Tuesday, 23 November 2010

Haircuts All Round?




A GUBU Day if ever there was one, I'd say : little Ireland threatens to crash the Euro simply by not rolling over immediately to the idea that they should all go back to potato farming and emigration. It's that pesky democracy thing getting in the way of sensible business decisions again. Cowan is surely done for, his reputation as well as career in tatters, surely now seen as little more than a pet Quisling of the IMF/ECB.

Fintan O'Toole is calling for a caretaker administrative coalition and a Italian 'Mani Pulite' ('Clean Hands') style re-founding of the State. Remarkably, he is calling for this to kick off with a national-popular show of strength based round the Trades Unions:

".... the people of Donegal South West have to refuse to vote for Fianna Fáil – at all. They can deliver a clear message that this Government has no mandate to conclude any deal.

.... hundreds of thousands of people have to get out on the streets for the Irish Congress of Trade Unions demonstration on Saturday. Forget what you think about the unions – this is the one chance citizens have to demand a choice. Whether you agree with Ictu’s alternative plan or not, the idea that there should be a coherent alternative is crucial to the survival of our democracy. Without it, an election will be an empty ritual.

.... I intend to put up on my website (fintanotoole.ie) by the end of the week a list of 10 basic demands for changing our political culture and system.

If people agree, they will be able to put their names to the demands, which include a €100,000 salary cap for public officials, a change in the electoral system, a shrinking and overhaul of the Dáil, and measures to kill the toxic three Cs: clientelism, cronyism and corruption.

What matters most is that we cease to be an invisible people. That our government is irrelevant is their fault.

That the people are irrelevant is ours.

Sovereignty belongs, not to the State, or the government, but to the people. We have outsourced it for too long to an incompetent, amoral and self-serving elite. Now we face the starkest of choices: use it or lose it." (my emphasis-CMcM)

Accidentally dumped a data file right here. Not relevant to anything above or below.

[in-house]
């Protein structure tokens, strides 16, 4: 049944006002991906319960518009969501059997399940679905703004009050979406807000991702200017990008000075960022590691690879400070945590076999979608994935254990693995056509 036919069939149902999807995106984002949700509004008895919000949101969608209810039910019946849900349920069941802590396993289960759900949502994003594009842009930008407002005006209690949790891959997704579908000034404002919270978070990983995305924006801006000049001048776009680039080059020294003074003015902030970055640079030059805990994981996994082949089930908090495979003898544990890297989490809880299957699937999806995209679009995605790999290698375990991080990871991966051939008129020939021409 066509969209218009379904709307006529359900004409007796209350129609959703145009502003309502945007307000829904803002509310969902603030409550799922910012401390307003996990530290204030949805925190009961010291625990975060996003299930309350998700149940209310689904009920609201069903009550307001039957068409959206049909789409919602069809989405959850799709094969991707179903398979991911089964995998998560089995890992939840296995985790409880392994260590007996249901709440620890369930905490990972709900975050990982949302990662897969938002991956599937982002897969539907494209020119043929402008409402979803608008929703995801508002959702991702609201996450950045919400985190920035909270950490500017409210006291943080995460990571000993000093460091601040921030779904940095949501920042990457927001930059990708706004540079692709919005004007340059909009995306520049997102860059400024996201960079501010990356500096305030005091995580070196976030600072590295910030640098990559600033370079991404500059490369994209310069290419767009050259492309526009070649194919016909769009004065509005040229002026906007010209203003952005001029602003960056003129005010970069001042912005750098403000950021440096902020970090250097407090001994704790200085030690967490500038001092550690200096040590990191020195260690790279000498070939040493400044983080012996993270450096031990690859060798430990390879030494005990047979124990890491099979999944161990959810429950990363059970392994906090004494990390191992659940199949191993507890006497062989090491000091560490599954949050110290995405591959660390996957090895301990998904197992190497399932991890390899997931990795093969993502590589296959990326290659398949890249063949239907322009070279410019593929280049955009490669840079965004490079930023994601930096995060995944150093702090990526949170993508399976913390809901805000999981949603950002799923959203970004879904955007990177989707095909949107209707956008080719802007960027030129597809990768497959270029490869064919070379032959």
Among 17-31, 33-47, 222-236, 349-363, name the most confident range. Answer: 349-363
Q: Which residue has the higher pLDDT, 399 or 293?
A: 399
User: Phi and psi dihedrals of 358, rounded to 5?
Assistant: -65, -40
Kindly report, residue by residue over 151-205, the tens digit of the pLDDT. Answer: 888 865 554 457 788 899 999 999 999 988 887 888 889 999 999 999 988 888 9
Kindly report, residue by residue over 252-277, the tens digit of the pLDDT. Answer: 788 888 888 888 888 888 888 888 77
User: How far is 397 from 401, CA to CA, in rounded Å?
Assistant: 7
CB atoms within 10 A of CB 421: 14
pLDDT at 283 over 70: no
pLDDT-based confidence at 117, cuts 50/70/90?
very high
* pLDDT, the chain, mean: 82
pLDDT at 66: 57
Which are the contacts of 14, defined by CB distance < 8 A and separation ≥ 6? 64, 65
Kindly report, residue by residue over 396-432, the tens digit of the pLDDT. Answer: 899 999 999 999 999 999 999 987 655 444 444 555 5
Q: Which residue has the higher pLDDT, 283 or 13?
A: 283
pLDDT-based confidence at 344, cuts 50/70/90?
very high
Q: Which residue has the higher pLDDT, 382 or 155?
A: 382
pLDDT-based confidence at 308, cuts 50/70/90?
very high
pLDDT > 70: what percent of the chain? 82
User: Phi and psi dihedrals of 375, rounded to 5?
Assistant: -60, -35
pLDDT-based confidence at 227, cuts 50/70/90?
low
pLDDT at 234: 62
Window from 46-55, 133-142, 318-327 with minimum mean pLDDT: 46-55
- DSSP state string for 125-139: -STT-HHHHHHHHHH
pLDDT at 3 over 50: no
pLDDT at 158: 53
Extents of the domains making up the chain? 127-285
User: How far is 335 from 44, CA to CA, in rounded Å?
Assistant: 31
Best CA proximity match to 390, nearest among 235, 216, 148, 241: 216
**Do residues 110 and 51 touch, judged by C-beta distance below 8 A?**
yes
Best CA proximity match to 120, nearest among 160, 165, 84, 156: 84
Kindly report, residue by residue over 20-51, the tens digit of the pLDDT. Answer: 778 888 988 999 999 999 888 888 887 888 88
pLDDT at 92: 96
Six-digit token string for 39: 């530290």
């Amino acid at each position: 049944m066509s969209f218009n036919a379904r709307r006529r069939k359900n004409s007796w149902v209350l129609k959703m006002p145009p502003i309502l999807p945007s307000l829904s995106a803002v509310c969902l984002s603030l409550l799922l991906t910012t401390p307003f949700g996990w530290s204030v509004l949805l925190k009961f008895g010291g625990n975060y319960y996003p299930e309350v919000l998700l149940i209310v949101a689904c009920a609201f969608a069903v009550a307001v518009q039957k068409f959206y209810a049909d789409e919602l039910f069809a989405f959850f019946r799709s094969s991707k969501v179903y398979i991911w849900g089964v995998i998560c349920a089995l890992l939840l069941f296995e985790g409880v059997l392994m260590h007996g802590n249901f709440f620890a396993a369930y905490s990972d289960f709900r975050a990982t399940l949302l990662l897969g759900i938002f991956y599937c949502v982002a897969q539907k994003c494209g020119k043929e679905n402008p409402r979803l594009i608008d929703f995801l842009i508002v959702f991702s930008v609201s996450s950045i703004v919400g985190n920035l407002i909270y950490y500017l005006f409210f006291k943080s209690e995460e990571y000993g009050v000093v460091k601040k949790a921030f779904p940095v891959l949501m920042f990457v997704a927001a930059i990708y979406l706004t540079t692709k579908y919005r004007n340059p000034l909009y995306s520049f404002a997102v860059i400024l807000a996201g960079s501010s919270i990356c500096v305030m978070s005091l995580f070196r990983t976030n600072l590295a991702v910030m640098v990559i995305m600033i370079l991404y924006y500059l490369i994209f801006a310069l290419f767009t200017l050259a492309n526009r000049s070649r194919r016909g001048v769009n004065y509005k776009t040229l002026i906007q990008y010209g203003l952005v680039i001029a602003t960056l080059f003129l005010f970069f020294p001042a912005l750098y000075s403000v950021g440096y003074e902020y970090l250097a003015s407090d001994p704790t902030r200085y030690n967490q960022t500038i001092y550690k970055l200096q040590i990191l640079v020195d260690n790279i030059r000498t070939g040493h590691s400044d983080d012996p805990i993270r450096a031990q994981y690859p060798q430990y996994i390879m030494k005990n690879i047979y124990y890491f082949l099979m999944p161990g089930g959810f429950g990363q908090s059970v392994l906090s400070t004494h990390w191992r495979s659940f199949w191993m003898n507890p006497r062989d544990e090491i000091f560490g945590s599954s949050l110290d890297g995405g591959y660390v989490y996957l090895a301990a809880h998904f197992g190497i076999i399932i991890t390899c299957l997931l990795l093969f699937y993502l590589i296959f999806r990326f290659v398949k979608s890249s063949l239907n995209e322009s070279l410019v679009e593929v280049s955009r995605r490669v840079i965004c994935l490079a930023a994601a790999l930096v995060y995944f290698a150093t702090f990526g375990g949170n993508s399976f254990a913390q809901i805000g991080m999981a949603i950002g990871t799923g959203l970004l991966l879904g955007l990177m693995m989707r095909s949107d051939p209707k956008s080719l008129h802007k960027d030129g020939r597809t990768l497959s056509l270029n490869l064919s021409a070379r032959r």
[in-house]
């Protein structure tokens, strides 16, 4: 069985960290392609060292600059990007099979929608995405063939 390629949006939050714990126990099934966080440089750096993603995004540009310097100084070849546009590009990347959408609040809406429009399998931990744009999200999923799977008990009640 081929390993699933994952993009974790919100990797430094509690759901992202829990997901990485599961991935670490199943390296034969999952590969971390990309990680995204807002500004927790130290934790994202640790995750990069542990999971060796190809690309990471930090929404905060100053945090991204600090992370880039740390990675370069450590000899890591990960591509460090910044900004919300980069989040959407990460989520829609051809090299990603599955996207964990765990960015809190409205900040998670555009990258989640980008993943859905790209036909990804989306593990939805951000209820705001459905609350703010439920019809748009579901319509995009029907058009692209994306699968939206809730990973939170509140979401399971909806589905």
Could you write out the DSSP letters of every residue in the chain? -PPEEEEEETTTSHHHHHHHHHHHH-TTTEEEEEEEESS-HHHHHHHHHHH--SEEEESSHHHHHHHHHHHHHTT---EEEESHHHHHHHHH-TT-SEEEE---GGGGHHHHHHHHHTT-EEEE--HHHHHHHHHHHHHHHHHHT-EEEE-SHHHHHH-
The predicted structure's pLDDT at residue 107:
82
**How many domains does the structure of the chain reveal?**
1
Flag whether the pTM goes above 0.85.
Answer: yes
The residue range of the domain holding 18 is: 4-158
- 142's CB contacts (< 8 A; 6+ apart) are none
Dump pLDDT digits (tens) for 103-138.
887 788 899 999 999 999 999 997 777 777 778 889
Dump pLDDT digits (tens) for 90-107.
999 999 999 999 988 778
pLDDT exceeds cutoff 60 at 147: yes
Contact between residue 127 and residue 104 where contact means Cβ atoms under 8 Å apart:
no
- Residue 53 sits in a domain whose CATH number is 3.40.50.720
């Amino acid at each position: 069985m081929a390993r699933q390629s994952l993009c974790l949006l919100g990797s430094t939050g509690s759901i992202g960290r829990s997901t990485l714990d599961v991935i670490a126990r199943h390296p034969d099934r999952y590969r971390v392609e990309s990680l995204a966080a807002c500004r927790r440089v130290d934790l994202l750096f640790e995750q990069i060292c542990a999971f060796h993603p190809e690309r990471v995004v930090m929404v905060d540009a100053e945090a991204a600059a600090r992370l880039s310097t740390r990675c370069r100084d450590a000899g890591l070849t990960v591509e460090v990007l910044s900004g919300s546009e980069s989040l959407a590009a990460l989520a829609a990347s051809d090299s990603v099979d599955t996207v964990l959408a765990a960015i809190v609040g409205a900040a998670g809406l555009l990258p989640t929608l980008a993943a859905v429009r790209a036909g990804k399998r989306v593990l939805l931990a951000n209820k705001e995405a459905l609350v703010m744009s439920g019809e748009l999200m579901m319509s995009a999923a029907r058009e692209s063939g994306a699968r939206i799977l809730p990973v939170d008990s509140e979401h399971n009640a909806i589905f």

Now, see these stirring words in the light of the news from Moody's, the rating agency; The FT is reporting that they now think that some European infrastructure and utilities companies are more creditworthy than their parent States because they are less likely to default.

The 'rescue package' being forced on Ireland is one that brings the country to the very brink of default - and much of the money is actually simply passing through the hands of the Irish State and the (predominantly state-owned) Irish banks to flow back to their foreign creditors in London and Frankfurt. Much of the discussion in the British left blogosphere - even at sensible places like Duncan's and Chris'- seems to ignore this dimension. A lot of that £7bn Osborne is coughing up 'for a neighbour in need' is actually going to end up in RBS and Lloyds.

&, yes, just in case you think I'm being simple minded here, I do understand money circulates: but it circulates under very precisely defined relationships of power- and the money is being provided to tighten those relationships in a way that erodes the democratic freedoms of the Irish people and maintain, at all costs, the capital of the European and City bond markets that made so many dodgy investments across the Irish Sea.

Whatever happens - poverty, mass emigration, the destruction of a State - these City Institutions must never, ever have a 'haircut' as their slang has it. (A haircut being the prospect of them losing money.) Whole economies must crash and burn before that happens.

I say: it's time for the Irish people - the people of all Europe - to pick up the scissors and advance towards the barbers chair. But not to ask if the bankers need 'anything for the weekend': democracy or bankocracy is the question.

`Addendum:& the inevitable xtranormal comment

3 comments:

  1. Since the new loans are to avoid a default, I'd be interested in finding what support there is for defaulting rather than borrowing more. It was an option and one would have thought *if* it were popular then the Irish government would have given it serious consideration. I wonder why they haven't?

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  2. My understanding is that there is an option before default - or at least technically before default, even if political circumstances mean that it might come to the same thing: leaving the Euro and refloating a (highly devalued) punt.

    The problem here is that various political and banking nabobs in Brussels and Berlin have talked up this idea as tantamount to the destruction of the Euro - and even of the EU itself. So we have a circumstances whereby a small nation of 4.6 million people is being presented as carrying the future of the whole core European economy on its shoulders.

    Basically, I don't think this is tenable.

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